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- Collection: Non-military Records
- Records: 186,994
Domestic Letters of the Department of State
Pictures & Records
- Publication Title:
- Domestic Letters of the Department of State
- Content Source:
- The National Archives
- Publication Number:
- Record Group:
- Published on Fold3:
- March 14, 2007
- Last Update:
- December 11, 2008
- NARA M40. Copies of miscellaneous letters sent from the US State Department between 1784 and 1906.
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This series of images consists of record copies of letters sent by the Department of State to officials and private citizens of the United States within the country, and to private subjects of foreign powers within the country. American officials include: the President of the United States, the President of the Senate, the Speaker of the House of Representatives, the heads of executive departments, attorneys, judges, federal marshals, the collectors of customs, and state governors. The letters deal with both domestic and foreign affairs.
Domestic affairs relate to the duties of the State Department in territorial administration, printing and distribution of laws, registration of copyrights, and the taking of the census.
Foreign affairs include letters written concerning violations of neutrality, requests for legal interpretation from other senior US officials, assistance from military and naval forces in international relations, and related subjects. Some letters are addressed to governors, district attorneys, and other state and territorial officials on topics with an international aspect.
The images are from records in volumes which are normally arranged chronologically by date of correspondence. In several volumes, the arrangement is not exactly chronological. There are 292 numbered volumes and two un-numbered volumes (from 1829 and 1896). Some volumes are missing.
There are two types of records found in this series: index pages and copies of letters sent.
Index pages are found at the beginning of each volume and may provide quicker access to the letters than using the search feature.
The first image shown here is an index page from Volume 54 (May 1, 1861 – December 9, 1861), letter G.
Copies of Letters
The second image shown here is a copy of a letter from Frederick W. Seward, the Assistant Secretary of the Department of State, to George Gould of Troy, New York, dated May 31, 1861. It states that the Minister of the United States in Paris has been sent "instructions to use his good offices towards obtaining the release" of Mr. Gould’s brother.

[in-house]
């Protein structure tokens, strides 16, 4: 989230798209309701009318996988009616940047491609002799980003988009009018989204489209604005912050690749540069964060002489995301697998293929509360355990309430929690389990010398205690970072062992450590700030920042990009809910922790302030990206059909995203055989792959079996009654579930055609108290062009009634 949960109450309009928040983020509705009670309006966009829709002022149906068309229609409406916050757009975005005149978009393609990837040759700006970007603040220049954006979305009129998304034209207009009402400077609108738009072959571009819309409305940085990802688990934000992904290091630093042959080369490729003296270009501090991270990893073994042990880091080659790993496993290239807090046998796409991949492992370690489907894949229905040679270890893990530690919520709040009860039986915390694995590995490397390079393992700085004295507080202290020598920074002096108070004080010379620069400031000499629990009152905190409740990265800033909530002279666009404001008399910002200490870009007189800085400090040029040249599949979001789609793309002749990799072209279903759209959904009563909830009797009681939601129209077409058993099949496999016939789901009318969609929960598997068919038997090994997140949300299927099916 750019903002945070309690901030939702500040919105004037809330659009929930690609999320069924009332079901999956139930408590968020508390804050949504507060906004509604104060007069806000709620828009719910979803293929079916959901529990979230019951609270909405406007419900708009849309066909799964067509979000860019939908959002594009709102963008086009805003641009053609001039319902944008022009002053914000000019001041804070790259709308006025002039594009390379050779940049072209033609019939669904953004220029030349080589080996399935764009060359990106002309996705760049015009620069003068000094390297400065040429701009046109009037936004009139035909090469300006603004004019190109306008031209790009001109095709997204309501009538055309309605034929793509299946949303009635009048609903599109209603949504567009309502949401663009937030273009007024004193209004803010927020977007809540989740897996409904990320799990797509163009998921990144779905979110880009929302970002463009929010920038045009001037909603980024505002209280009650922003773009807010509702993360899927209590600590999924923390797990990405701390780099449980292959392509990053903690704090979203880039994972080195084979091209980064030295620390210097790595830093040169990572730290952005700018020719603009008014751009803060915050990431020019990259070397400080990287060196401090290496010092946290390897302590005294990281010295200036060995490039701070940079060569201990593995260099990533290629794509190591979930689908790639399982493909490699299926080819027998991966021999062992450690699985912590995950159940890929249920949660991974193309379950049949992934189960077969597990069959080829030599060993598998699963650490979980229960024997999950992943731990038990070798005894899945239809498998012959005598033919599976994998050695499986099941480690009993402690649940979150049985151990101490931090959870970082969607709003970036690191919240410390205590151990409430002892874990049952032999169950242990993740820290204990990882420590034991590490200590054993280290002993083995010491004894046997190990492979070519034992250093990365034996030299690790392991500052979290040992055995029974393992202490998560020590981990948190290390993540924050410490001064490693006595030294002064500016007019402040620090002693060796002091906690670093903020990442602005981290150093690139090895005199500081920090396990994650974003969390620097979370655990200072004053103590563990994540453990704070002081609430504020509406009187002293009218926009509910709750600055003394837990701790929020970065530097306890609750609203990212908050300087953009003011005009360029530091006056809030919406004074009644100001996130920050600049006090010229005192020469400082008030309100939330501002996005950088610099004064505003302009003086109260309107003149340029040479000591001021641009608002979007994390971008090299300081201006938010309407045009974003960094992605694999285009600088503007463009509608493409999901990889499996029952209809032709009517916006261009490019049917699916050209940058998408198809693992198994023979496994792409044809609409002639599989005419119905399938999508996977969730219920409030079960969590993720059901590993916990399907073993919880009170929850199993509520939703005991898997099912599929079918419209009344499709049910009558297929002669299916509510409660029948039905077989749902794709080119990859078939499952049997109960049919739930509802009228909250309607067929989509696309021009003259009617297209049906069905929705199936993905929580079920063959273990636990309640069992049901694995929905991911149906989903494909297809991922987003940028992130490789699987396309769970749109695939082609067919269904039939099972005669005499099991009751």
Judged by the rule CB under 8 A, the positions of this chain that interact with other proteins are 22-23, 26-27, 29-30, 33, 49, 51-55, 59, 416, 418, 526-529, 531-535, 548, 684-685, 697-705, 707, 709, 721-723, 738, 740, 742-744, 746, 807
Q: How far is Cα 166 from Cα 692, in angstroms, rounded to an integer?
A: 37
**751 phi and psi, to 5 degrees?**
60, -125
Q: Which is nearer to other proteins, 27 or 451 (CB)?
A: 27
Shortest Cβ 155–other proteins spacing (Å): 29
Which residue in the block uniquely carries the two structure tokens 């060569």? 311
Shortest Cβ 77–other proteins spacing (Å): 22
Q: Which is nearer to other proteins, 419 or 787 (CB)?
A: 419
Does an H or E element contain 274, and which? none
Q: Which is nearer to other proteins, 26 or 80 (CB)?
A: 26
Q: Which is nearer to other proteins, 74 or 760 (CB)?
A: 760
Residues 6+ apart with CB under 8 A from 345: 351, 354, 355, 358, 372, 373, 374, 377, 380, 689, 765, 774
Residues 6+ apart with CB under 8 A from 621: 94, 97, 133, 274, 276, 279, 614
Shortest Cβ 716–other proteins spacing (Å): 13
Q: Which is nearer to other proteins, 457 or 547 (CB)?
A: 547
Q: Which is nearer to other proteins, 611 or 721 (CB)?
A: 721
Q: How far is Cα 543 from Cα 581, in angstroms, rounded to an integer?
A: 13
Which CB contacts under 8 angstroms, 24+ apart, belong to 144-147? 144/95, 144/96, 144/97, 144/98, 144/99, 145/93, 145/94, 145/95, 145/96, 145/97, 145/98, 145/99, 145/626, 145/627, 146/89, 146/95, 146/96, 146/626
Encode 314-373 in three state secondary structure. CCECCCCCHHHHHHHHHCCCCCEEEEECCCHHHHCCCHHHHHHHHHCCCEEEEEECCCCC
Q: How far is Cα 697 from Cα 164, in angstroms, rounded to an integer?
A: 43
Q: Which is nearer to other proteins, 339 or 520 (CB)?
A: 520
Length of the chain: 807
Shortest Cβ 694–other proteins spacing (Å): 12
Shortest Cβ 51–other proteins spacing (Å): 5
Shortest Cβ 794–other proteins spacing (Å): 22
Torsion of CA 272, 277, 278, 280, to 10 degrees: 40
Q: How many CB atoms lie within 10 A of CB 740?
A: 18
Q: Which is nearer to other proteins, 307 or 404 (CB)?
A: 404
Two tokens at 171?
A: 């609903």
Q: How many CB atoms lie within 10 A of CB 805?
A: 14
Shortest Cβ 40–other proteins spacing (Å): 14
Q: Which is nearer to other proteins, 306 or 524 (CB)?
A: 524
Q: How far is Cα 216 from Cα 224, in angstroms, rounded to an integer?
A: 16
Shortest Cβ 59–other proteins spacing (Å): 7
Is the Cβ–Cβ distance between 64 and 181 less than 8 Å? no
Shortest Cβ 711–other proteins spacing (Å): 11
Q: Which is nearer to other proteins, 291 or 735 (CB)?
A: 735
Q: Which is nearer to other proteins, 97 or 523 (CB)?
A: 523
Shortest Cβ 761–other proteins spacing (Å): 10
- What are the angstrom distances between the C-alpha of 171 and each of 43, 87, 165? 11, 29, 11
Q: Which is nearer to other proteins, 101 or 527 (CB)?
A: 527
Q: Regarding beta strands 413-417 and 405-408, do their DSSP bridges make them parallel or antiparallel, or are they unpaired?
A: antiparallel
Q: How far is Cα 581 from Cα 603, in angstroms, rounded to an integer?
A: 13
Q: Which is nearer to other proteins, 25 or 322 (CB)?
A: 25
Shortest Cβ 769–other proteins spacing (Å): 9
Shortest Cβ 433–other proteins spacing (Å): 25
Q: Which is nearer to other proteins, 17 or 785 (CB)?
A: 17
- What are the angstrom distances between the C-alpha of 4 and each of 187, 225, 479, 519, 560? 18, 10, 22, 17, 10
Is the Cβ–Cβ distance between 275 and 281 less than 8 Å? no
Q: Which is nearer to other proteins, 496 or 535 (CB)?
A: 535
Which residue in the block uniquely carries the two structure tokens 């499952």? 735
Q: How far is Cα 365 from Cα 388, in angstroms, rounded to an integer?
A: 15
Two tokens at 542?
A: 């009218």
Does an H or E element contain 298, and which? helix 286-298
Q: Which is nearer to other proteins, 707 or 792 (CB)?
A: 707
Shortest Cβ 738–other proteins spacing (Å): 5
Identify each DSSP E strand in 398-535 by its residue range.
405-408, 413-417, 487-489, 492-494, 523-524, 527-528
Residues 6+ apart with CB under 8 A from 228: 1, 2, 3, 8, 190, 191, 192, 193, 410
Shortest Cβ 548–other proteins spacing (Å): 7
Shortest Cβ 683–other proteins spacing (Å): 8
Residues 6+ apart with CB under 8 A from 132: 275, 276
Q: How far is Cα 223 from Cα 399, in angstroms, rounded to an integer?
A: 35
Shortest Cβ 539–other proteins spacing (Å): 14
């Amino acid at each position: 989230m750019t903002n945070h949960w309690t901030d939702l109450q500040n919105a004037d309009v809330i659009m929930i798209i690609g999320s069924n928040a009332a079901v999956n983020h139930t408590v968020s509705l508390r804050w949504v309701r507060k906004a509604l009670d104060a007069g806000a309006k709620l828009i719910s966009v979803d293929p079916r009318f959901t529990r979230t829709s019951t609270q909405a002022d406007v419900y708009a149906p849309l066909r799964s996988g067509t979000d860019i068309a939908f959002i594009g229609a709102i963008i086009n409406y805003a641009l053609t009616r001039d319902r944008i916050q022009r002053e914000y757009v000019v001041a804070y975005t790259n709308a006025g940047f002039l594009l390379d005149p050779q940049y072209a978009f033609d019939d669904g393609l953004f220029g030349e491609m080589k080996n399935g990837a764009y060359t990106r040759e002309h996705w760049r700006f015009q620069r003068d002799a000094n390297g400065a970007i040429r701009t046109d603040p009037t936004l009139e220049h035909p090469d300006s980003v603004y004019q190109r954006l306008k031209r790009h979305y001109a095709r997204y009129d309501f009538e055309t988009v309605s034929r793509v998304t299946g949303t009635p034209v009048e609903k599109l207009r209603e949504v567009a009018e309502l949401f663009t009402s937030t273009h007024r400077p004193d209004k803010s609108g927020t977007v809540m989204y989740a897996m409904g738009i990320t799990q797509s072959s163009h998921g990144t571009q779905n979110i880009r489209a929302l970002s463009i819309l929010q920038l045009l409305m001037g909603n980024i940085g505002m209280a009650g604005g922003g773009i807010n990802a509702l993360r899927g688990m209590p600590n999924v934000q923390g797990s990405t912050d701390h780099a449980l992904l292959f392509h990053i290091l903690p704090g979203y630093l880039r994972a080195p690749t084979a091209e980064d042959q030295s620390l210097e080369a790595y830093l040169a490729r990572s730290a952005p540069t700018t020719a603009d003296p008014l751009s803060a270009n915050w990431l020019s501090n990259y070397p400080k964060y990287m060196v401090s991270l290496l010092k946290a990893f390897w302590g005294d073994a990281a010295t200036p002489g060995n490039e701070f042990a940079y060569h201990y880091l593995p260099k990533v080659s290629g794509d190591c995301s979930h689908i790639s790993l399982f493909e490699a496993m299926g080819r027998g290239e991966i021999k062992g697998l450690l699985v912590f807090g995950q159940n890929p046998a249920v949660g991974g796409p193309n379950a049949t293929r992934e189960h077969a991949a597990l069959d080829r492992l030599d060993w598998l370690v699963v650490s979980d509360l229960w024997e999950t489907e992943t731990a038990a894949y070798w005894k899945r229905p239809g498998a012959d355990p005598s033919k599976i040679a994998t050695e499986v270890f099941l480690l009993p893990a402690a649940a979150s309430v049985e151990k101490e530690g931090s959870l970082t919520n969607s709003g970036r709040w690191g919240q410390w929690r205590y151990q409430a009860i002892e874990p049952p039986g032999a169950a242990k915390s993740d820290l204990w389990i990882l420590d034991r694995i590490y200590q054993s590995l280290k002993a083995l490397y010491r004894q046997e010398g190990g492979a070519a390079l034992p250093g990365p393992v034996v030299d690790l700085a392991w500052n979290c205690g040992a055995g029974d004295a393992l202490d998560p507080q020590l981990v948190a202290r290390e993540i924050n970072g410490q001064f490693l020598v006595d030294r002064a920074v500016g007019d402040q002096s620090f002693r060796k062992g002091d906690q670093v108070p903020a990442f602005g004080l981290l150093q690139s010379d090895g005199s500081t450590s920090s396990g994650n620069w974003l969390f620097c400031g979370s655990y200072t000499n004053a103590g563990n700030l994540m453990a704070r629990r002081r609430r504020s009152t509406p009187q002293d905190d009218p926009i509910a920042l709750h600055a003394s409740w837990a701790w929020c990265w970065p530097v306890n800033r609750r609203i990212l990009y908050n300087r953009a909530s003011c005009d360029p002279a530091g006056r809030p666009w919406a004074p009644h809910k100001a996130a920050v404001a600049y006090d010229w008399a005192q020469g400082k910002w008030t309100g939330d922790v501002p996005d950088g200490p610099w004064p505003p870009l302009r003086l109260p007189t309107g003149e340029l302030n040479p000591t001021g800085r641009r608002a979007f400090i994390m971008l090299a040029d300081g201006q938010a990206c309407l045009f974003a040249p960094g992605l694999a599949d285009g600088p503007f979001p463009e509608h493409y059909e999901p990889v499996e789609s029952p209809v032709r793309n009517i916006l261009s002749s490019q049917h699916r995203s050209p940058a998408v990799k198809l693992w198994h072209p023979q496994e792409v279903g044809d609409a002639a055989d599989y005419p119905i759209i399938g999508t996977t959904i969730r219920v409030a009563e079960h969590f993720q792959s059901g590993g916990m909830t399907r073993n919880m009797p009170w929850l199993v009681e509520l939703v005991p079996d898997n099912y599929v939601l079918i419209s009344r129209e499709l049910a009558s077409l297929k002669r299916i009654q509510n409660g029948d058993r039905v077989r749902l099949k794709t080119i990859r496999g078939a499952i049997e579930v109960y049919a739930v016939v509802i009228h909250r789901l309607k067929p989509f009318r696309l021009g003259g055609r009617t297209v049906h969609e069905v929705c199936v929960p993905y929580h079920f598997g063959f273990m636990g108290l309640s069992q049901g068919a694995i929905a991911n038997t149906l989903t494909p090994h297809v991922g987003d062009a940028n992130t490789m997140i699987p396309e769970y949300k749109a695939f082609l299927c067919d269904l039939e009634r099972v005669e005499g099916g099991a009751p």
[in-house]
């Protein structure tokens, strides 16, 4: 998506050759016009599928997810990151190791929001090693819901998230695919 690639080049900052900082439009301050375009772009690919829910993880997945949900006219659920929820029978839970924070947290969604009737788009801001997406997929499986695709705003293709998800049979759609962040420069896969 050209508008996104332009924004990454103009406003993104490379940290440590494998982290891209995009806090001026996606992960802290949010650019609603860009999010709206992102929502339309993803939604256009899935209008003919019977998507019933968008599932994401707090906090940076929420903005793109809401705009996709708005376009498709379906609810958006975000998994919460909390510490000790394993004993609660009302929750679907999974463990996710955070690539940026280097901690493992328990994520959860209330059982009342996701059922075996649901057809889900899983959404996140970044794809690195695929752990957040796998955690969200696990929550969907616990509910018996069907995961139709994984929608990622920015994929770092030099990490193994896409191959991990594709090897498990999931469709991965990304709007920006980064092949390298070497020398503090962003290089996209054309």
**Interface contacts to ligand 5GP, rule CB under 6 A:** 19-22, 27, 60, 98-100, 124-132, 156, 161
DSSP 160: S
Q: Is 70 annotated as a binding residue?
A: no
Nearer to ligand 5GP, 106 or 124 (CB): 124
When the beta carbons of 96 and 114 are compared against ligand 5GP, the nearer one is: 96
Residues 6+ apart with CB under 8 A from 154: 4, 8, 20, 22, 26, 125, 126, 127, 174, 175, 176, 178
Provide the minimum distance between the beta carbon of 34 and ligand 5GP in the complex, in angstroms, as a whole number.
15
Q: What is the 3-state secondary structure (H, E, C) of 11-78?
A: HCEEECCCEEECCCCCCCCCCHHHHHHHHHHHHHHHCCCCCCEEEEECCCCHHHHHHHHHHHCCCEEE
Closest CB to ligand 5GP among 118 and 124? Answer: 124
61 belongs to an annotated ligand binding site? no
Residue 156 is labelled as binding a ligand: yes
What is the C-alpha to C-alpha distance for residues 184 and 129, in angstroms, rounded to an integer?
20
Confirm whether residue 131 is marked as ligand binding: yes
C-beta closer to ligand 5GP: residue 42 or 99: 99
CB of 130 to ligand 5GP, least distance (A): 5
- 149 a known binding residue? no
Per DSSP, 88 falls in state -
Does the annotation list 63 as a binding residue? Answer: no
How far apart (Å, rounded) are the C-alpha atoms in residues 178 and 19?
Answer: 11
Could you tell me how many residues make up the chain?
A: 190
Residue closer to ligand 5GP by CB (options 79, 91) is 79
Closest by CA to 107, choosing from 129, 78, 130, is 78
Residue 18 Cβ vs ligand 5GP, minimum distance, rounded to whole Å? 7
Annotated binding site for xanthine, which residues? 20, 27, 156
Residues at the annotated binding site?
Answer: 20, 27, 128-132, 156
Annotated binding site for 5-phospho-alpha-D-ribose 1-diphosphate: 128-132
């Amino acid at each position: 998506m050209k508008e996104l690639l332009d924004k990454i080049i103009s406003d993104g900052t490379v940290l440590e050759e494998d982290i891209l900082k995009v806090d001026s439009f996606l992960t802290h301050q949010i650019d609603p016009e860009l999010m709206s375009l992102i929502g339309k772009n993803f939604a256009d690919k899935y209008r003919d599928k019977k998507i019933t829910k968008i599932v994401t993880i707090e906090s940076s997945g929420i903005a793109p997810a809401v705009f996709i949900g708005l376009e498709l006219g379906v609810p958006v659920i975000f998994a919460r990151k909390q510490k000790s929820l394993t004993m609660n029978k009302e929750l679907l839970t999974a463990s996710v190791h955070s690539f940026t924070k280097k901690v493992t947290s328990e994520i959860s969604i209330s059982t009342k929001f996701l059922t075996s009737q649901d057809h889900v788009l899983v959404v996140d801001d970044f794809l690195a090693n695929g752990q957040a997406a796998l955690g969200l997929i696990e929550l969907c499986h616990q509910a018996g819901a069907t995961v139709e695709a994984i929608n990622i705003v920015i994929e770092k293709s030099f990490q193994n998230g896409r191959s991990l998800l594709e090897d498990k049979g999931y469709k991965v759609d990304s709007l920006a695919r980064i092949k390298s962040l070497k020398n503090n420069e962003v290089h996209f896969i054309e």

Using the collection
For the most part, the images are in chronological order. Locate an individual or an official through the alphabetic index found in the front of most volumes prior to 1870. Use the chronological hierarchy in the browse menu to select the time period of interest. Deviations from the chronological order of the documents may be corrected with the aid of the index located in the front of each volume.
The index to volumes 15 and 16 are located in Volume 13.
This series of records was preceded by several others. It is the successor to Item No. 118 of the Papers of the Continental Congress which is titled "Transcript of Foreign Letters of Robert R. Livingston, 1781-1783." Earlier instructions are in Item 79, "Letters of the Committee for Foreign Affairs and of Robert R. Livingston, Secretary of Foreign Affairs, 1776-1783." All are available at Fold3.com in Papers of the Continental Congress, NARA M247, which also contains many other early diplomatic and consular records.
With the separation of foreign and domestic letters, the records fall into two different series. The domestic letters are contained in the series described here. Foreign letters are found in Foreign Letters of the Continental Congress and the Department of State, 1785-1790 (M61) and are also at Fold3.com as a separate series.
This is a companion series to “Miscellaneous Letters Received, 1789-1906” (M179), which is made up of the responses to letters in this series found in Record Group 59, General Records of the Department of State.
Explore this title
Search or browse the Domestic Letters of the Department of State, 1784-1906 here.